It is a democratic [small “d”] policy call. Two houses of Congress has to agree and mere non-action isn’t enough.

      • Brett Bellmore says:

        Nothing but sophistry. You have an amendment that died unratified, no real prospect of getting the requisite supermajority vote in Congress to send it to the states anew, and multiple states recinded their ratification votes or placed time limits on them.

        And you want it to become part of the Constitution anyway, without doing the hard lifting of convincing people today to ratify it. So you’re changing the rules after the fact.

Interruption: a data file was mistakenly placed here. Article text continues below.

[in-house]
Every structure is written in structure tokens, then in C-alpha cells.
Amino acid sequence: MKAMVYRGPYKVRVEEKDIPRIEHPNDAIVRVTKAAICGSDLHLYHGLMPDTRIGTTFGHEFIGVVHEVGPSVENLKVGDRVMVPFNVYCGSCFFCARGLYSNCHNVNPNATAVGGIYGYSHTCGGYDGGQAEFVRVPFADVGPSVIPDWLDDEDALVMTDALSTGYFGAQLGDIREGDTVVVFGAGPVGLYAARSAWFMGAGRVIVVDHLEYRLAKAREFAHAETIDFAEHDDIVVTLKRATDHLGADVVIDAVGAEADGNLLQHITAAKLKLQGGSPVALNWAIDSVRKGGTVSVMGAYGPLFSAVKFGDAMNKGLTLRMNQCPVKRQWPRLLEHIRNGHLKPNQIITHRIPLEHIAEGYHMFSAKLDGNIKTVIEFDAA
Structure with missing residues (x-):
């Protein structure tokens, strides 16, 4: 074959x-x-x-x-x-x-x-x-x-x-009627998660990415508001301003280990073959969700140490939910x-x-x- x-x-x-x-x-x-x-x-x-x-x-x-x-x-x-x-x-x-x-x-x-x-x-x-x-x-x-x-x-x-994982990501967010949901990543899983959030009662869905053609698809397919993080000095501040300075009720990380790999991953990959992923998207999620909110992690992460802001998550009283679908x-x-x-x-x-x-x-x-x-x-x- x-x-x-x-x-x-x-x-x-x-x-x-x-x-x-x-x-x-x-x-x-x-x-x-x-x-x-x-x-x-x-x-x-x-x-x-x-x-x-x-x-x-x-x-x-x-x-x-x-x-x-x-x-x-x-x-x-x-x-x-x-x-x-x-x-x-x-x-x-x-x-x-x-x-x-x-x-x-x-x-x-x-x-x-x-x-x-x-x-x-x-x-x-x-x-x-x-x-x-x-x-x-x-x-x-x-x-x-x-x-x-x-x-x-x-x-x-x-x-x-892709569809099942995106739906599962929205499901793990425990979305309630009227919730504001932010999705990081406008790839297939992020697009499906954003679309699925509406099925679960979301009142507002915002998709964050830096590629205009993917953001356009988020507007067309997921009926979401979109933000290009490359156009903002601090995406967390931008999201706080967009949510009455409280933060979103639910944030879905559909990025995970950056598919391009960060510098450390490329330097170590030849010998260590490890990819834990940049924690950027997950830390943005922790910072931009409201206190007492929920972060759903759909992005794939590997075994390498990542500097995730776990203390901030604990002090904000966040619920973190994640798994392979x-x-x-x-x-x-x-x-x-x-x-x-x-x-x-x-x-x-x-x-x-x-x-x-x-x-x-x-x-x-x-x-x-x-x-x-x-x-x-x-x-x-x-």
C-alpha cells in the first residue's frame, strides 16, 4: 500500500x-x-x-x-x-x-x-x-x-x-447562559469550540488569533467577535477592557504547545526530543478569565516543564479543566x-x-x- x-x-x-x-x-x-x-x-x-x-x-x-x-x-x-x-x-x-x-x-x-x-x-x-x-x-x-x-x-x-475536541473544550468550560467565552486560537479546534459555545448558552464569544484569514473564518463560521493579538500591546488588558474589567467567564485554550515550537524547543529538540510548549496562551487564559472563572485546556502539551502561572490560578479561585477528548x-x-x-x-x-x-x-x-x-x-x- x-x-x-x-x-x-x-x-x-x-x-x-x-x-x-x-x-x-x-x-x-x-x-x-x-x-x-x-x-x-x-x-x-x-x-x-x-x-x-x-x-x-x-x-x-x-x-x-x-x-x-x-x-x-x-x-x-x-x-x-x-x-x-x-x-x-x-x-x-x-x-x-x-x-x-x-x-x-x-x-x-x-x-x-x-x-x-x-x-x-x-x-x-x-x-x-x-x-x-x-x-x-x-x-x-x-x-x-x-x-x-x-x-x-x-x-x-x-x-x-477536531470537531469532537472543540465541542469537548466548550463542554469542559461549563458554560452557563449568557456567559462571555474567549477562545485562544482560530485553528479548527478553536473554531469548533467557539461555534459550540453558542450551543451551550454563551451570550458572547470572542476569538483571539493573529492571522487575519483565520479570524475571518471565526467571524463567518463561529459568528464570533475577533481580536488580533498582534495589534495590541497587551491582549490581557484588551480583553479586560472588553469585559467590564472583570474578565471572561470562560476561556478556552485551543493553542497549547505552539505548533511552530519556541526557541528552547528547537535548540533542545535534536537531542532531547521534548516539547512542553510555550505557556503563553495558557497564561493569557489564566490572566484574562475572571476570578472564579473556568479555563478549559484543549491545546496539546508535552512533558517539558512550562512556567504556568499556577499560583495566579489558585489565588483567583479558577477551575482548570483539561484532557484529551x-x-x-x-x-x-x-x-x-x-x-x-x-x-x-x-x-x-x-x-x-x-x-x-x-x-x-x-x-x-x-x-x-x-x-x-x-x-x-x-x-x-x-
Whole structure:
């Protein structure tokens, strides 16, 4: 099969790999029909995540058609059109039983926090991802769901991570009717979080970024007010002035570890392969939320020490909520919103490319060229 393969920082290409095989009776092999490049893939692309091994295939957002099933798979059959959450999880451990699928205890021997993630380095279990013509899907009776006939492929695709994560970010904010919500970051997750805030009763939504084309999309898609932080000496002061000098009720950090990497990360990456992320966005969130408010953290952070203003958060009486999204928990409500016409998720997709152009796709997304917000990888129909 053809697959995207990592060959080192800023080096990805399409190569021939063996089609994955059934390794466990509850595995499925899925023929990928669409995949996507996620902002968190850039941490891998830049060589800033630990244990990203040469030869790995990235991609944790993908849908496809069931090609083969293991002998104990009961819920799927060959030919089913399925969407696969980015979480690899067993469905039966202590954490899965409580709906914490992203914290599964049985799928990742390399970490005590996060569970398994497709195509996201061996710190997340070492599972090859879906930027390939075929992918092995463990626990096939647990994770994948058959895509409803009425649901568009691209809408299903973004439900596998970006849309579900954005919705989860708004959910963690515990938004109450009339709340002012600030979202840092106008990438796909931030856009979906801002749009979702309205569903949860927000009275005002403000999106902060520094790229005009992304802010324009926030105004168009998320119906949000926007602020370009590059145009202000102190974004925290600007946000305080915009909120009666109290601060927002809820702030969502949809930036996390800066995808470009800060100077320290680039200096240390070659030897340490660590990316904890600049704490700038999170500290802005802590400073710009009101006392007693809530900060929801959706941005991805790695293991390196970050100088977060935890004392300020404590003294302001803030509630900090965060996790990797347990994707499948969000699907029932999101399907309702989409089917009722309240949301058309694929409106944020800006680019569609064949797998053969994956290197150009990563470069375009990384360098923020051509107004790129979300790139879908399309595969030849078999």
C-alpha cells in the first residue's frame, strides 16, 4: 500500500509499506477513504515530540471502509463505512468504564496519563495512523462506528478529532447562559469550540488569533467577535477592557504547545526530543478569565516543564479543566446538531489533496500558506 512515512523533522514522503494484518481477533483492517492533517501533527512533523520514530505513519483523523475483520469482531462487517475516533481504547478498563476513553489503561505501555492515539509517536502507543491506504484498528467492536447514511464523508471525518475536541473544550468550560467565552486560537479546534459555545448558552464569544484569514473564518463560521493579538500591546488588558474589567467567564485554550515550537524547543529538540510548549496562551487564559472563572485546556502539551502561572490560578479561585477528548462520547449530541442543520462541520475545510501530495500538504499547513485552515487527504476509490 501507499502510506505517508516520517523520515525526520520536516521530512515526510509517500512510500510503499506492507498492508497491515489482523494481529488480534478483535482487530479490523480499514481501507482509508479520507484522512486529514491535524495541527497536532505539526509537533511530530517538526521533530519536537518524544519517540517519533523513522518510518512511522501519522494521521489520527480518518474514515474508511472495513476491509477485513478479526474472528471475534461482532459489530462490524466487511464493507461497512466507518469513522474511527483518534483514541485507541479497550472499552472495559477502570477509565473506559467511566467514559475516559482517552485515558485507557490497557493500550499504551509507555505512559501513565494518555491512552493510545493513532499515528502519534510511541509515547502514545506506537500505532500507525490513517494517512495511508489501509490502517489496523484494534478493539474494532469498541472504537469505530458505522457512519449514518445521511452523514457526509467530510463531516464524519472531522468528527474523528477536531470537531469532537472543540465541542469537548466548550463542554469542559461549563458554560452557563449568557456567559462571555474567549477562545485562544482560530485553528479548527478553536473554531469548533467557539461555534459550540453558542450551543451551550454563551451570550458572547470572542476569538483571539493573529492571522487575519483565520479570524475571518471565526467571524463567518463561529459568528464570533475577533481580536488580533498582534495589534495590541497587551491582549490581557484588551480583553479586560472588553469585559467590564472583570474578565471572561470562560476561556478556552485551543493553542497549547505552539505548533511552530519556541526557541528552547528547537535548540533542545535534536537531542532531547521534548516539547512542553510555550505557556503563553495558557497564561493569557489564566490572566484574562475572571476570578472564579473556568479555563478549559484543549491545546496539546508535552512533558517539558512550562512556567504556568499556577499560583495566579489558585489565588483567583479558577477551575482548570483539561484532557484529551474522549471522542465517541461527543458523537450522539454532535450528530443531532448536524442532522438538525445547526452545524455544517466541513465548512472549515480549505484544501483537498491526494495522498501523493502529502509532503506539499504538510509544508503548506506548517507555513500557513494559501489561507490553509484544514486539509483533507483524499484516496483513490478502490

Do this thing, and it will make Roe v Wade look like a healing act of consensus. Nobody who opposes the ERA is going to accept the result as legitimate.

        If you want a democratic process to be accepted as legitimate by the losers, you can’t go changing the rules after the vote. Who knows how many of the states that ratified with time limits would have voted against the ERA if told that decades later their vote would be counted anyway?

        All you’re doing is rationalizing a dirty win, and I’m guessing at some level you know it.

  4. Joe says:

    It is not out of the realm of possibility that two more states will ratify the ERA.

    If so, Congress should declare per Coleman v. Miller that too much time has passed for it to be deemed properly ratified, but re-submit the amendment (with a time limit) to the states. The states will then decide.